Medieval Monday: Blacksmiths

Blacksmiths played a vital role in medieval society. Everyone, from the lowest peasant, to the King required their services. Every village had at least one blacksmith, with larger towns and cities supporting many more of them.

We often have a certain image in mind when it comes to the medieval blacksmith; we see them crafting swords, daggers, armor, and shields. And certainly there were some blacksmiths—particularly those that worked in castles—who specialized in producing the tools of war. Castle blacksmiths were envied for the position of prestige they held, and their positions were usually hereditary. But whether they were working in a castle, or a rural village, a blacksmith’s work was dirty, loud, hot, and physically demanding with little glamor in the daily routine.

Aside from weapons and armor, just about every chore and trade required some kind of metalwork. Mundane items like nails, doorknobs horseshoes, chains, kitchen tools, utensils for cooking in fireplaces, cauldrons, farming implements, locks, keys, arrow tips, axes, and much more were all made by blacksmiths. Once made, many items also needed constant repair, making a blacksmith’s job a very busy one. Some blacksmiths might even make jewelry, or somewhat more frightening, torture devices. Blacksmiths with special skill could make intricate and impressive wrought iron pieces for structures like cathedrals and castles, and metalwork intended for defense. With the wide variety of items made, and the different skills required for each, it is no surprise that their work was eventually split up into different specialties. Not every blacksmith did the same kind of work, and some branched out into work with precious metals. By the 14th century, clocks were even added to the blacksmith’s repertoire.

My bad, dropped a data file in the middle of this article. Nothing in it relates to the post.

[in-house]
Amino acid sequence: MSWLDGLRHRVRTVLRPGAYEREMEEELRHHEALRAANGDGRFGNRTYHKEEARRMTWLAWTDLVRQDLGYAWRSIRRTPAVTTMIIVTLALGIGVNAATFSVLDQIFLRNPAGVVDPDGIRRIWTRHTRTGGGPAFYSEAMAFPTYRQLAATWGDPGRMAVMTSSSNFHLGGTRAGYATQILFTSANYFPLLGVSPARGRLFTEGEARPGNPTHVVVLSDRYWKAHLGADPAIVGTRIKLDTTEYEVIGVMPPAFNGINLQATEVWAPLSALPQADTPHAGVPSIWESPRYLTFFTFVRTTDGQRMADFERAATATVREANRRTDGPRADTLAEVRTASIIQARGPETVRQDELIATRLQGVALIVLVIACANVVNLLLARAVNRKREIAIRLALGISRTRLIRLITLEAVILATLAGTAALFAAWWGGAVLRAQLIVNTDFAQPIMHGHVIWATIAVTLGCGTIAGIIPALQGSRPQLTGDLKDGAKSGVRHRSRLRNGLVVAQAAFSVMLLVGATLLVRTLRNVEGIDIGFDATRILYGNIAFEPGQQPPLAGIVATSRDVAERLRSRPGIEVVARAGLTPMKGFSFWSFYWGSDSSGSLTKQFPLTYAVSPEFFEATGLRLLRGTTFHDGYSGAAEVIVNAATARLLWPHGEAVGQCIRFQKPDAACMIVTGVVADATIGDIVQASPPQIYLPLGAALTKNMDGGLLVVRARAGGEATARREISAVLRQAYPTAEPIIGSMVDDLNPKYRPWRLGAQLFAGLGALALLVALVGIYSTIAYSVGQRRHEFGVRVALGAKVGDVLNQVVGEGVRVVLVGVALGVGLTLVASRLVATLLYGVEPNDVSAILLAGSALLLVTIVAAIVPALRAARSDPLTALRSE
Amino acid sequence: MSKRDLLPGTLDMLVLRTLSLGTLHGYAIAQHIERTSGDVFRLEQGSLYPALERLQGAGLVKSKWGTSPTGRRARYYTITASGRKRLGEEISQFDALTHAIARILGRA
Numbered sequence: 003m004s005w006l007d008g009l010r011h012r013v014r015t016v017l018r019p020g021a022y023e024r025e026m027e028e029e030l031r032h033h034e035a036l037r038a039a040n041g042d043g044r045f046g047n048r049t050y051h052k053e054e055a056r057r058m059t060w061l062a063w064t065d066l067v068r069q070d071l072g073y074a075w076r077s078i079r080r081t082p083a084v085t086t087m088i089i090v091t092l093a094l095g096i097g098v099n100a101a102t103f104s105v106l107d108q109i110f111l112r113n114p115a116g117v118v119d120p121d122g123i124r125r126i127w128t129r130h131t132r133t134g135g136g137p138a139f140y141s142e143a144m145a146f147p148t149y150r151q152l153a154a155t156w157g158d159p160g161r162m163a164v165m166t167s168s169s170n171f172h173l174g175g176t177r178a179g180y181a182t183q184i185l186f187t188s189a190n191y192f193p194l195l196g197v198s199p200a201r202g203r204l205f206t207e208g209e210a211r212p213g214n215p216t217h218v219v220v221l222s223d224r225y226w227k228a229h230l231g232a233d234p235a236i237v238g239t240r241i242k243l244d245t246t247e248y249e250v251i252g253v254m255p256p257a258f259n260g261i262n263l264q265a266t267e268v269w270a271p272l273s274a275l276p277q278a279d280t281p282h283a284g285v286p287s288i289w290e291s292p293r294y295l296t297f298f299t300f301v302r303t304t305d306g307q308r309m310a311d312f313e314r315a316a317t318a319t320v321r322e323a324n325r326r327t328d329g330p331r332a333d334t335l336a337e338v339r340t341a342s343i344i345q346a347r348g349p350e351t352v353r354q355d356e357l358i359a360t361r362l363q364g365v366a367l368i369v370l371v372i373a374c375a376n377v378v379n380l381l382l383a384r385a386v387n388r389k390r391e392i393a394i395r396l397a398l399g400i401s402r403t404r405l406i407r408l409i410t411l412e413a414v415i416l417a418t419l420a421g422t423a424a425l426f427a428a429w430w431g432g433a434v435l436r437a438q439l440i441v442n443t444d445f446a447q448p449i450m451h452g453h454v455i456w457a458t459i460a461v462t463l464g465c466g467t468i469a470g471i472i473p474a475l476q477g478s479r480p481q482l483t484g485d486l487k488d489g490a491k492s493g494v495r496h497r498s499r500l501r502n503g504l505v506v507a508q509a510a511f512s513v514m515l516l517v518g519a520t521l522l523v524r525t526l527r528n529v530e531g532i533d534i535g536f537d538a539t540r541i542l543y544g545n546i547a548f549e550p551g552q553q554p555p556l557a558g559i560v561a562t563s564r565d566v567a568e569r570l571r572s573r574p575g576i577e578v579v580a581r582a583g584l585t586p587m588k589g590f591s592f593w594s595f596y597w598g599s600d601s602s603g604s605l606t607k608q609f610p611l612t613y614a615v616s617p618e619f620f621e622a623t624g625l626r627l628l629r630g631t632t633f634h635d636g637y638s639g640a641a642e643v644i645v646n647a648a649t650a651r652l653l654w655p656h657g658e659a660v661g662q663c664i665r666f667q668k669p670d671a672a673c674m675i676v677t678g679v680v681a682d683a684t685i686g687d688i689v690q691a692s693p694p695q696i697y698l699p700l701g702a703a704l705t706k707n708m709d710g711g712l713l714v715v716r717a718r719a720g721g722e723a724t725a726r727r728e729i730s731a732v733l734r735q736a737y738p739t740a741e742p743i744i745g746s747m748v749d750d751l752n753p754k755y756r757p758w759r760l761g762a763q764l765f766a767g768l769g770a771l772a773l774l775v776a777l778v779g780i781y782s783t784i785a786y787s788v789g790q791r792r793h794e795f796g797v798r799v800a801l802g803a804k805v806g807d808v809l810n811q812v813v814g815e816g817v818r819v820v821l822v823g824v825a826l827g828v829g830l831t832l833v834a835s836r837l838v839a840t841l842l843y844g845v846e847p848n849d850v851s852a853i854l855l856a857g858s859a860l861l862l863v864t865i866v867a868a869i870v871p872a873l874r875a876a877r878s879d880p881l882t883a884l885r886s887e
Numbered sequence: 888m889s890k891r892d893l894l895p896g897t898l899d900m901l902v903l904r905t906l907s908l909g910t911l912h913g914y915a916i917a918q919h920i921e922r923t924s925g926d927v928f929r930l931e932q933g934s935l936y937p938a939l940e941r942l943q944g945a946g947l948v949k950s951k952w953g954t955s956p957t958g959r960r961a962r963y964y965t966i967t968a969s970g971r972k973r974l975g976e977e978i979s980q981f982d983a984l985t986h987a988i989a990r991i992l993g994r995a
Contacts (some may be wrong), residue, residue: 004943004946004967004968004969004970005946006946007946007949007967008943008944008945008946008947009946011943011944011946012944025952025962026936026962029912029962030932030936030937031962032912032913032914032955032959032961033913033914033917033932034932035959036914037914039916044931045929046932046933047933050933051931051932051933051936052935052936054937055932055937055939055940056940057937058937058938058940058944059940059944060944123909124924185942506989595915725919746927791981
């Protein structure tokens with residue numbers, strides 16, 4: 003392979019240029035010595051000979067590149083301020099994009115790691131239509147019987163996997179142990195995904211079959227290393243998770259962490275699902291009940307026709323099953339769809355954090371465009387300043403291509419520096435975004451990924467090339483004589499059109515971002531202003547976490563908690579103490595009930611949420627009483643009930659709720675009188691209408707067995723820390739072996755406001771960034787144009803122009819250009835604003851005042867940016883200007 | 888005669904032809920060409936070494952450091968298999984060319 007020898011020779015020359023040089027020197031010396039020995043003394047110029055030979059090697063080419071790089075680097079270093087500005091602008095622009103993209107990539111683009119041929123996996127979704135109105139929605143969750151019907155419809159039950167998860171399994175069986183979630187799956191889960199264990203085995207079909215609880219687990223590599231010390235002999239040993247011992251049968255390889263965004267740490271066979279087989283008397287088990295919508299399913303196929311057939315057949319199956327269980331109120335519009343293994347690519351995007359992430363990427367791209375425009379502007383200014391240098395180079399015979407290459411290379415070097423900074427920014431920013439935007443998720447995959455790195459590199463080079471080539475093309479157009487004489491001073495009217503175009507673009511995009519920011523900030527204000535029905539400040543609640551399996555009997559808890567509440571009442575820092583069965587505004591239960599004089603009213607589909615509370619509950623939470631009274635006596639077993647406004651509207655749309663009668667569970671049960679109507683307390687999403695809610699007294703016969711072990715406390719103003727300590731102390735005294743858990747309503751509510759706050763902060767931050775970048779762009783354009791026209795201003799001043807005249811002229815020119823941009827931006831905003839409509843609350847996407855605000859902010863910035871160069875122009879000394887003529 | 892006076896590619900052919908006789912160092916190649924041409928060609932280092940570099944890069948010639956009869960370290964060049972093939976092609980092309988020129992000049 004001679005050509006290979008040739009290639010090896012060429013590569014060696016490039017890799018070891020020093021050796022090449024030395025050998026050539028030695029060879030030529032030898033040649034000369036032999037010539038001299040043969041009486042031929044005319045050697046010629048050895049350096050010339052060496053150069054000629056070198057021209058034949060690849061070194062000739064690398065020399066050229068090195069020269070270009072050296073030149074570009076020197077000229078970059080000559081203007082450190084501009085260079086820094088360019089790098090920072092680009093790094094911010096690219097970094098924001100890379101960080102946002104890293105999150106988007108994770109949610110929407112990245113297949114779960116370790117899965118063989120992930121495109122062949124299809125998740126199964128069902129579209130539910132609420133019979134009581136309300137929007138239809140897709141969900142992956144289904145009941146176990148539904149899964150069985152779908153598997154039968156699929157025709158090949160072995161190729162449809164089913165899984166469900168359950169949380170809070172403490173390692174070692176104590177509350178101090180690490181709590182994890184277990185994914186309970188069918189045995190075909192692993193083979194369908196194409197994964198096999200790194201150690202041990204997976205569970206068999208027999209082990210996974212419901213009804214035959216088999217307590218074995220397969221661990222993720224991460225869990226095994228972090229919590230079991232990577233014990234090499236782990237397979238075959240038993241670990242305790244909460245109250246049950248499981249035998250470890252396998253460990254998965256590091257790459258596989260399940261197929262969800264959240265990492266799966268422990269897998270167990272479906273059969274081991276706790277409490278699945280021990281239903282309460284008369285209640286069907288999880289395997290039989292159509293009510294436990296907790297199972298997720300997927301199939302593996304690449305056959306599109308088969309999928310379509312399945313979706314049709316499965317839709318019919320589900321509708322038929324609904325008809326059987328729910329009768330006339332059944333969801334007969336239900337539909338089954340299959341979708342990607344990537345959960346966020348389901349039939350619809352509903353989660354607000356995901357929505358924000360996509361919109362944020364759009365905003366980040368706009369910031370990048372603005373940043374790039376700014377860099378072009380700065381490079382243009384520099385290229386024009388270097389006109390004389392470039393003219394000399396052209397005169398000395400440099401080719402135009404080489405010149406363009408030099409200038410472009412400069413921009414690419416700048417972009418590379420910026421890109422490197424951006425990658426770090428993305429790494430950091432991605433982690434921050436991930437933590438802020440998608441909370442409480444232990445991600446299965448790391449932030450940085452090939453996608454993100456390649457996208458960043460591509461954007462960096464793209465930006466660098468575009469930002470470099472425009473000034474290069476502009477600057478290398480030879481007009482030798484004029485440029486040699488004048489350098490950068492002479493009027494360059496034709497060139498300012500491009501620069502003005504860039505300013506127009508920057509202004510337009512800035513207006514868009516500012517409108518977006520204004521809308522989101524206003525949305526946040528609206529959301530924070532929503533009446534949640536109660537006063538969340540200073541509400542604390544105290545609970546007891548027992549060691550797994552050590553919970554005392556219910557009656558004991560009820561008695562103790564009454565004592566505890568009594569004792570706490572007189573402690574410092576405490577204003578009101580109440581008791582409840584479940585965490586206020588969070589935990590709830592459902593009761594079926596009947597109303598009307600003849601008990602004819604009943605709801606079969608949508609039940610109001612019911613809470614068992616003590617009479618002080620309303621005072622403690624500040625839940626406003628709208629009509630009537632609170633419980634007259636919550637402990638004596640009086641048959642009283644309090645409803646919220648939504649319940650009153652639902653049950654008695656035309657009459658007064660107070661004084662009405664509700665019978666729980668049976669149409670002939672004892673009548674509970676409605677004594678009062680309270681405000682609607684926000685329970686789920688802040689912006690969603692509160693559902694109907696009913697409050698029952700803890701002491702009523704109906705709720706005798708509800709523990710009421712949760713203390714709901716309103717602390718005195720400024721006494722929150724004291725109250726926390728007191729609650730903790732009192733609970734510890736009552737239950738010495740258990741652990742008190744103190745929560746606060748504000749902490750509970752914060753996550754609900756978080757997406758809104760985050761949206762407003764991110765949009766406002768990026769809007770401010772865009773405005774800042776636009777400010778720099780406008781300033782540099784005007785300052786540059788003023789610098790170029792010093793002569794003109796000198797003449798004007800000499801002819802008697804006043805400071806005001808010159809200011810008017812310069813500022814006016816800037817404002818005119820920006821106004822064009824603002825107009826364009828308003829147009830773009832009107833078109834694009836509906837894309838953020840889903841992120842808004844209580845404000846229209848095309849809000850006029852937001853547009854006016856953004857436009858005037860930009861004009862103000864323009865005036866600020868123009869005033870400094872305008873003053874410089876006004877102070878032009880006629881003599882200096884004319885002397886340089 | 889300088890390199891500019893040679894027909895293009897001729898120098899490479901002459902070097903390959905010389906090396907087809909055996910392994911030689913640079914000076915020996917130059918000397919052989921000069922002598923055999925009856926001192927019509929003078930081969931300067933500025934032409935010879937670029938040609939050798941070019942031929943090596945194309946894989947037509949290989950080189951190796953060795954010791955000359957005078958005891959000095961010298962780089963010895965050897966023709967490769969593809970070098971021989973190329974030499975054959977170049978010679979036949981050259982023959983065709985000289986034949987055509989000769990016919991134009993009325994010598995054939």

There were unusual beliefs and superstitions surrounding blacksmiths. They were thought by some to have healing powers, particularly over injuries like broken bones. However, they were also sometimes associated with the devil. While they were too important to be persecuted due to this belief, blacksmiths were often the object of colorful legends.

Enjoy this video showing a blacksmith at work to learn a little more about the craft and how to make a medieval axe.


Use the Medieval Monday Index to discover more topics relating to daily life in the Middle Ages.

 

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8 thoughts on “Medieval Monday: Blacksmiths

  1. leeduigon says:

    Hi, Allison! Don’t forget those legendary blacksmiths of the very early Middle Ages–Wayland Smith (Norse/German) and Gofannon (Welsh). Being a smith meant very high prestige in those societies.

    Liked by 1 person

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